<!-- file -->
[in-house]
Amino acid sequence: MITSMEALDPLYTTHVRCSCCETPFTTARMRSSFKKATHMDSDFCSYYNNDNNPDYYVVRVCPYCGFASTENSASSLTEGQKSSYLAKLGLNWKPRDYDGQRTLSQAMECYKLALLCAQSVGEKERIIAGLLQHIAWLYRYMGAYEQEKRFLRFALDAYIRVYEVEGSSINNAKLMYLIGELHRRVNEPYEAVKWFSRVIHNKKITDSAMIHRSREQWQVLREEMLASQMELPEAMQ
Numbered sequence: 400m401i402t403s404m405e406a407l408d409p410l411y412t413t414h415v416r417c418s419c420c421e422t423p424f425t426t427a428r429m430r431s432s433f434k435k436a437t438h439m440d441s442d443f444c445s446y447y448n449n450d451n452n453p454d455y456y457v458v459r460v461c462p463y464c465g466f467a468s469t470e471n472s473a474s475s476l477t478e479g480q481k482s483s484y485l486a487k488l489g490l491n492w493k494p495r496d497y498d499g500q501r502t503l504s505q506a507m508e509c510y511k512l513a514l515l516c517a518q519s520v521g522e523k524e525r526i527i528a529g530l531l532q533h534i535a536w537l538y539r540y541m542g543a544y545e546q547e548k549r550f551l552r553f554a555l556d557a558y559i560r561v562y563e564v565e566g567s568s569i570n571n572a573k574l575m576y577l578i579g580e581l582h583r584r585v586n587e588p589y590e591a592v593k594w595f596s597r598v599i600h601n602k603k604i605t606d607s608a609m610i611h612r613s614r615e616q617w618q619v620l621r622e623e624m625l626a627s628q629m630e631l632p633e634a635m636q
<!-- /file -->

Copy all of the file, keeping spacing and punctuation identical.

[in-house]
Amino acid sequence: MITSMEALDPLYTTHVRCSCCETPFTTARMRSSFKKATHMDSDFCSYYNNDNNPDYYVVRVCPYCGFASTENSASSLTEGQKSSYLAKLGLNWKPRDYDGQRTLSQAMECYKLALLCAQSVGEKERIIAGLLQHIAWLYRYMGAYEQEKRFLRFALDAYIRVYEVEGSSINNAKLMYLIGELHRRVNEPYEAVKWFSRVIHNKKITDSAMIHRSREQWQVLREEMLASQMELPEAMQ
Numbered sequence: 400m401i402t403s404m405e406a407l408d409p410l411y412t413t414h415v416r417c418s419c420c421e422t423p424f425t426t427a428r429m430r431s432s433f434k435k436a437t438h439m440d441s442d443f444c445s446y447y448n449n450d451n452n453p454d455y456y457v458v459r460v461c462p463y464c465g466f467a468s469t470e471n472s473a474s475s476l477t478e479g480q481k482s483s484y485l486a487k488l489g490l491n492w493k494p495r496d497y498d499g500q501r502t503l504s505q506a507m508e509c510y511k512l513a514l515l516c517a518q519s520v521g522e523k524e525r526i527i528a529g530l531l532q533h534i535a536w537l538y539r540y541m542g543a544y545e546q547e548k549r550f551l552r553f554a555l556d557a558y559i560r561v562y563e564v565e566g567s568s569i570n571n572a573k574l575m576y577l578i579g580e581l582h583r584r585v586n587e588p589y590e591a592v593k594w595f596s597r598v599i600h601n602k603k604i605t606d607s608a609m610i611h612r613s614r615e616q617w618q619v620l621r622e623e624m625l626a627s628q629m630e631l632p633e634a635m636q